A man found guilty of pouring a bag of flour over another man's car in a row over parking could face jail after a judge described his behaviour as “outrageous”.
Lionel Fehervari, 24, was found guilty of using threatening or abusive behaviour and of causing criminal damage in the incident, with a court hearing he called another man “an Irish pig”.
Bandon District Court heard that Fehervari, a father-of-two, was alleged to have keyed a car belonging to another man, Donal O’Mahony, after Mr O’Mahony had parked outside Mr Fehervari’s house at 3 Parnell St in Bandon.
Mr Fehervari, a Hungarian, denied touching Mr O’Mahony’s car but admitted throwing flour over it and then said he later tried to wash it off using a bucket of water.
Mr O’Mahony told Judge James McNulty that on the evening of November 7, 2021, he and his wife went out to the Kilmichael Bar in the town for their first night out after the lifting of pandemic restrictions.
Mr O’Mahony said he does not drink and parked his car on Parnell St. He forgot his facemask so walked back to get it and he said on leaving his car the second time another car - driven by Mr Fehervari - drove up, flashing its lights.
“He said ‘move, move, that is my parking space, that is where I live’,” Mr O’Mahony said, adding that he told the man that it was a public street and that he could park there.
Mr O’Mahony told the judge that Mr Fehervari then became abusive, initially in his native language.
“He said ‘you Irish pigs, you think you own this country’, that kind of stuff,” Mr O'Mahony said, adding that he was “scared” and that he and his wife avoided entering the bar immediately and only did so when they saw the car driven by Mr Fehervari drive away.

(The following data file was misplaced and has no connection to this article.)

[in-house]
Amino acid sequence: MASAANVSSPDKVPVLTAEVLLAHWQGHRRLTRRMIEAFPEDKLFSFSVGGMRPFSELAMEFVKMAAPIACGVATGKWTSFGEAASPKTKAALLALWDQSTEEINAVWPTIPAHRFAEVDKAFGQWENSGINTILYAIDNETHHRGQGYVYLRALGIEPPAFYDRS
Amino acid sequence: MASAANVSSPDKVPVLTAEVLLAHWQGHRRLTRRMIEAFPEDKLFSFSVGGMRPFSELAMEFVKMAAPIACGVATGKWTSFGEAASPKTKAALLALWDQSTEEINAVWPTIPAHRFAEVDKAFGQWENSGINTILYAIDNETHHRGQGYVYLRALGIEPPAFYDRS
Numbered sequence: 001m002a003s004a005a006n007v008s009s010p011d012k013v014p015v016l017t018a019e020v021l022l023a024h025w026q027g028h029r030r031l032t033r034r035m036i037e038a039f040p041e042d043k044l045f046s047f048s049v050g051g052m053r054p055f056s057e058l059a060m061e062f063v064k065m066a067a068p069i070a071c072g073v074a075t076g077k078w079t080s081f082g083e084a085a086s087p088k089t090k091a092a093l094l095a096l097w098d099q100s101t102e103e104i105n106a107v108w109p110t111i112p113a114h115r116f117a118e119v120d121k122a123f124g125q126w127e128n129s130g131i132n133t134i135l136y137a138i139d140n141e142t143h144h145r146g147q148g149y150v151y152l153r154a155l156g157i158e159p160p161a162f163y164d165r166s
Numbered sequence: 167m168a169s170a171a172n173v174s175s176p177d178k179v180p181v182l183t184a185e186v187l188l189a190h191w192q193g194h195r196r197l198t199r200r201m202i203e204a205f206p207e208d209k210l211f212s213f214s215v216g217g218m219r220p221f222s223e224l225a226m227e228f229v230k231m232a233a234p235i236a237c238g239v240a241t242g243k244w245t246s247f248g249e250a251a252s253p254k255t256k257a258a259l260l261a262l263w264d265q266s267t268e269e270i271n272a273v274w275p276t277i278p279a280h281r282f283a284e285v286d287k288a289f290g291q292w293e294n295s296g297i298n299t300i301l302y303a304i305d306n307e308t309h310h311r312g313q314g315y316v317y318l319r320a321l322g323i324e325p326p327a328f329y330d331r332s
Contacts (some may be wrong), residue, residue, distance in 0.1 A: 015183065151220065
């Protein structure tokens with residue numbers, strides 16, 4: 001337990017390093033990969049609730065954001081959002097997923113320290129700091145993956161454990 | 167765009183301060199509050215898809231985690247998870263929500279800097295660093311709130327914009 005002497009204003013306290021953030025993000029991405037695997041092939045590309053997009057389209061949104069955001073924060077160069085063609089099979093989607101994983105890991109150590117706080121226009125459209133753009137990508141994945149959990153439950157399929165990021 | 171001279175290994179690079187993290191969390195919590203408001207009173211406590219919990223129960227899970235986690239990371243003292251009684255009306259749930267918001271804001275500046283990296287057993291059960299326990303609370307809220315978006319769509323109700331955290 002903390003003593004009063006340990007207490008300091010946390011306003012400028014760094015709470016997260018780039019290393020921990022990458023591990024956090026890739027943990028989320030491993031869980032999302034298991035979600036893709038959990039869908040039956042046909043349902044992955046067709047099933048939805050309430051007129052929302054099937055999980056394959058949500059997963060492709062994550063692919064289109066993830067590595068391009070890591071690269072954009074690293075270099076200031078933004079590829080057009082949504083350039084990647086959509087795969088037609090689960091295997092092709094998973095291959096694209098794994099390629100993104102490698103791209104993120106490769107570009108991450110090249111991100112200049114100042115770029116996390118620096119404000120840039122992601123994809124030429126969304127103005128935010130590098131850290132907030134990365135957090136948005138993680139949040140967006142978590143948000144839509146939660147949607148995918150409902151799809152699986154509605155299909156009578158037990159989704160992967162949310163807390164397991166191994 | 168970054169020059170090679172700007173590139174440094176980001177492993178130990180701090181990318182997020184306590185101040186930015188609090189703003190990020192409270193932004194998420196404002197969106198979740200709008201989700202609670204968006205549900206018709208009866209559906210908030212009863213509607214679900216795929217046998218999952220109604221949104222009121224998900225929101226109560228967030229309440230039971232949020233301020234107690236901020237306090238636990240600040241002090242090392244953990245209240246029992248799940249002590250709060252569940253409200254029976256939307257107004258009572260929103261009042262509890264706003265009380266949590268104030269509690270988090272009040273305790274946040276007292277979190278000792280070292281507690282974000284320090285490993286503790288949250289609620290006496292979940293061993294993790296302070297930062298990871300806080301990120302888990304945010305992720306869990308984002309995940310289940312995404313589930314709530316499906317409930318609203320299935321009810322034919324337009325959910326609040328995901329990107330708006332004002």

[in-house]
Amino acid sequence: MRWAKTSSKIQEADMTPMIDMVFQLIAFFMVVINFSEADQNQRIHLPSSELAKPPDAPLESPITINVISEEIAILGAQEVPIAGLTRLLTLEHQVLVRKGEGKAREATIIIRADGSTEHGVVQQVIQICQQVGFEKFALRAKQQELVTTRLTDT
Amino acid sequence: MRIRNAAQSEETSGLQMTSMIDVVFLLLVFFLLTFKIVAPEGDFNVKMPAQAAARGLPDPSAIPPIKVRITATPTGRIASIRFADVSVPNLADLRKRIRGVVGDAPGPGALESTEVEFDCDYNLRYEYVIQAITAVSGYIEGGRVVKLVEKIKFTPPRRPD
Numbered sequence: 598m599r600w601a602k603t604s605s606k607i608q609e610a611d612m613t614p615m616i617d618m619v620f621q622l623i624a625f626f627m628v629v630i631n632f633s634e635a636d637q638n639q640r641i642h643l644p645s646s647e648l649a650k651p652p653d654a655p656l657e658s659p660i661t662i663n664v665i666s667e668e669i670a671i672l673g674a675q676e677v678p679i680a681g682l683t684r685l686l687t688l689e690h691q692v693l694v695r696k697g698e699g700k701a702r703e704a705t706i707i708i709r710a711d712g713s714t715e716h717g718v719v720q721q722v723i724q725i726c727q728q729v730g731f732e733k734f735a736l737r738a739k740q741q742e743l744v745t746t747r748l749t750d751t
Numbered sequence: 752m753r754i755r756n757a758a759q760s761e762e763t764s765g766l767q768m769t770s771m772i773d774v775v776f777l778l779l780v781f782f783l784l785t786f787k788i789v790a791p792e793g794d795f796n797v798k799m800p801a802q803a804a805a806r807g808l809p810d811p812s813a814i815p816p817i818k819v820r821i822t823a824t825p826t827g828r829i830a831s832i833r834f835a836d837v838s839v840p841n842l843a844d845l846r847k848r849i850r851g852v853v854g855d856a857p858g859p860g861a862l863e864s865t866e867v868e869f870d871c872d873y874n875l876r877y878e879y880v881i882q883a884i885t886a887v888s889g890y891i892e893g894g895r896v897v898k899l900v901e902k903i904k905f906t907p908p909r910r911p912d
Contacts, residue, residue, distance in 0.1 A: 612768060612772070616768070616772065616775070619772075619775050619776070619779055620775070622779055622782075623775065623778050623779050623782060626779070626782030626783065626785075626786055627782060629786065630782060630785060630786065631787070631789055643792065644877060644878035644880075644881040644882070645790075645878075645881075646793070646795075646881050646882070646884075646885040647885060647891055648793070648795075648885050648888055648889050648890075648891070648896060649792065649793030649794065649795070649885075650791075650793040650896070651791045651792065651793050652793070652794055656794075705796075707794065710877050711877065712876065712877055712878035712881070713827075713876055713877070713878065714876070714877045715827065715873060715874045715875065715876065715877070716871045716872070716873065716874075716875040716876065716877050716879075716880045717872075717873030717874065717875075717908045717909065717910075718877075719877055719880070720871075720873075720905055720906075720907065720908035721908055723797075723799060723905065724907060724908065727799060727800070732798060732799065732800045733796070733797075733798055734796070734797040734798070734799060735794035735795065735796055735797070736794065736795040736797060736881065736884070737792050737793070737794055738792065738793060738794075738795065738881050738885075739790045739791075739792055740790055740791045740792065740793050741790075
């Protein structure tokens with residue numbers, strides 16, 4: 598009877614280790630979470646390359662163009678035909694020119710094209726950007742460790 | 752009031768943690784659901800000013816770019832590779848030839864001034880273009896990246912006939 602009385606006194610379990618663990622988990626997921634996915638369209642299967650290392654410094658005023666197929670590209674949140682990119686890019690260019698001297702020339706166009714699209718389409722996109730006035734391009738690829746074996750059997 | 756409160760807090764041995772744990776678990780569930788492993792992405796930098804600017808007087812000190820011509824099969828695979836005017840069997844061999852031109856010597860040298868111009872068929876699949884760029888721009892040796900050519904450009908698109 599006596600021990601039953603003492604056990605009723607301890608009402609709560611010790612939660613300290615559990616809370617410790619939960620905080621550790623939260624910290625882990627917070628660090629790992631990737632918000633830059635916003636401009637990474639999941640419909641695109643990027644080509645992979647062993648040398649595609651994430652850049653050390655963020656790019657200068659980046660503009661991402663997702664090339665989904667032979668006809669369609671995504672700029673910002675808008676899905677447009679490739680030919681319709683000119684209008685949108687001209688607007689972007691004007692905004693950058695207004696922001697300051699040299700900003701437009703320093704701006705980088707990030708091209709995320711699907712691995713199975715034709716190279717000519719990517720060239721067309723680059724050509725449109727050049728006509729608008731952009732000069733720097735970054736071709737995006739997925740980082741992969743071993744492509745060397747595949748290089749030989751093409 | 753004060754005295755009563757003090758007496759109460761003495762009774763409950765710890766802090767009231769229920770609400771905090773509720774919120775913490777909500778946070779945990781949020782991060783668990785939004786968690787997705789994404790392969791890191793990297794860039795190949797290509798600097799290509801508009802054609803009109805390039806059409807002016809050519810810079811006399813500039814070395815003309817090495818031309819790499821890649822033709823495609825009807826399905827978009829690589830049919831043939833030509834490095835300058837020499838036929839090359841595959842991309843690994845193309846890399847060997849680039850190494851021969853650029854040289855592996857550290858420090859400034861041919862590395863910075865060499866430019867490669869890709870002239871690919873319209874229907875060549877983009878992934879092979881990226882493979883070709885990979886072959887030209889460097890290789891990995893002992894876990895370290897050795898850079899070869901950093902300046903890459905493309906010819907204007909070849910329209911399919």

However, when Mr O’Mahony returned to his car two hours later he discovered it was covered in a white material. He called gardaí who arrived at the scene and knocked on the door of the nearest property, which was that of Mr Fehervari. He was not in but his father told gardaí his son had poured flour on the car.
Garda evidence in court was that Mr Fehervari then returned, having been contacted by his father, and admitted to pouring flour on the car.
However, Mr O’Mahony said that when he had the car, a Ford Kuga, washed the following day, long scratch marks were discovered on one side and on the bonnet.
Mr Fehervari’s solicitor, Plunkett Taaffe, told the judge his client admitted that there had been a verbal altercation and to pouring flour on the vehicle, but denied causing any scratches.
Mr Fehervari said he had been carrying kerosene into his house and wanted to park near the door. He alleged that he had received some racist abuse in the altercation and said he had never touched the car.
Mr Fehervari’s parents both gave evidence that they saw flour on the car and the attempt to wash it off with a bucket of water. Neither had made a statement to gardaí and the court did not accept that Mr Fehervari’s parents actually saw their son throw the flour on the car.
Judge McNulty said both charges were proven and that Mr Fehervari - who had four previous convictions for road traffic offences - was “an untruthful witness”.
“He is in denial,” the judge said, adding that Mr Fehervari had “a strong sense of entitlement and of his own importance”.
“At 24 he thinks he is the boss of this little corner in Bandon,” Judge McNulty said.
He ordered that Mr Fehervari pay compensation of €1,000 to Mr O’Mahony and another €500 to the Courts Service by March 20 next so as to avoid a possible jail sentence.
“His conduct is outrageous,” the judge said.